There are actually three words in there that Microsoft’s dictionary couldn’t recognize. Now to be fair, the above is from a novel by one of my favorite Scottish authors, Christopher Brookmyre, called Be My Enemy. But any of you who have had any involvement with these human resource types will recognize that it’s not too far removed from reality.

Is there a purpose served by this bizarre manipulation of language, aside from confusing the hell out of anyone listening? The only thing I can come up with is that it is a type of mass hypnosis. Everyone listening, or reading, this stuff is tuning out and shutting down, making themselves susceptible to suggestion. How else could you explain a group of middle management types hopping up and down like bunnies while singing rhymes about their fears and ambitions? I just made that up, but I’m willing to bet something similar has been experienced by participants.

I don’t know how many of you have had the opportunity, or misfortune, to hang out with a group of new age types. Unfortunately there have been occasions where I have been forced into those very circumstances. You can’t be involved in the practice of complementary medicine and not swing the proverbial cat without hitting one.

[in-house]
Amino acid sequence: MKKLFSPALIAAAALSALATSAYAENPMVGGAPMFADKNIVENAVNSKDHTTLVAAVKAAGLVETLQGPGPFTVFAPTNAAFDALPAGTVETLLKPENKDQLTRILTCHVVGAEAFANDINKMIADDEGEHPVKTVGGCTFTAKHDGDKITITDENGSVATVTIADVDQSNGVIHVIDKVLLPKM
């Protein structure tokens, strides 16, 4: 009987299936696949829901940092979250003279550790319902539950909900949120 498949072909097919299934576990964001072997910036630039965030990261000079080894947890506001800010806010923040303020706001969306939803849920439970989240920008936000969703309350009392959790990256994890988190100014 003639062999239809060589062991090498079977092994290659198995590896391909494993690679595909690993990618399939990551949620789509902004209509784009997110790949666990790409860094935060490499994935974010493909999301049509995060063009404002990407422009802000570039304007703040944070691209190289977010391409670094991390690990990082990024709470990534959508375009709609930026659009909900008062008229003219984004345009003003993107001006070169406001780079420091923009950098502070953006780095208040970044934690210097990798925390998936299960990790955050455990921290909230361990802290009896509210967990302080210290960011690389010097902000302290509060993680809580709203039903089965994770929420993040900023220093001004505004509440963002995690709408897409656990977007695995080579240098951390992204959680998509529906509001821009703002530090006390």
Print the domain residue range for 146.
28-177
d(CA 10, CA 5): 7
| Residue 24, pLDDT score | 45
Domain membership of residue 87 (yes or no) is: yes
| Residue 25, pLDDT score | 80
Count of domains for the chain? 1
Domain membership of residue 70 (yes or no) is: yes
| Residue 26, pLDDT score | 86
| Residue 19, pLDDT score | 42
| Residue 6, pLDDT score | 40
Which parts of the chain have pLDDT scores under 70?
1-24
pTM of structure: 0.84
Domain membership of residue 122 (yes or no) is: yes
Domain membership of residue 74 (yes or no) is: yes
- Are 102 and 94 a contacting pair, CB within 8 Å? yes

I have yet to figure out which is worse; their oversimplification of the answers to all of life’s problems, or their means of expressing it. What exactly is the “healing effect of the white light of love and goodness”? Or “go to the light?” Are they telling me to stand in the middle of a dark highway and walk into somebody’s high beams?

I can’t tell you the number of times I have wanted to grab one of these people by the shoulder with one hand and slap them across the face with the other in a attempt to bring them back to reality. They pick and choose little bits of any and everybody’s religion without any comprehension of what it really means and spout it like it’s some amazing secret that has been revealed only to the chosen few.

The resulting babble is not only incomprehensible but downright insulting to anyone whose beliefs they are co-opting that week. I think a lot of Christians, Jews, Muslims, Buddhists, and Hindus (to name just a few) would have trouble recognizing their own religions after these people have gotten through with them.

But it’s when you enter the field of politics that you meet the real pros. The spin doctors, the media relations people, the speech writers, and the politicians themselves. Never have so many people conspired to say so little with so many words. Abraham Lincoln’s famous quote about “fooling the people some of the time, but never all of the time” says nothing about making them not care about what you’re saying.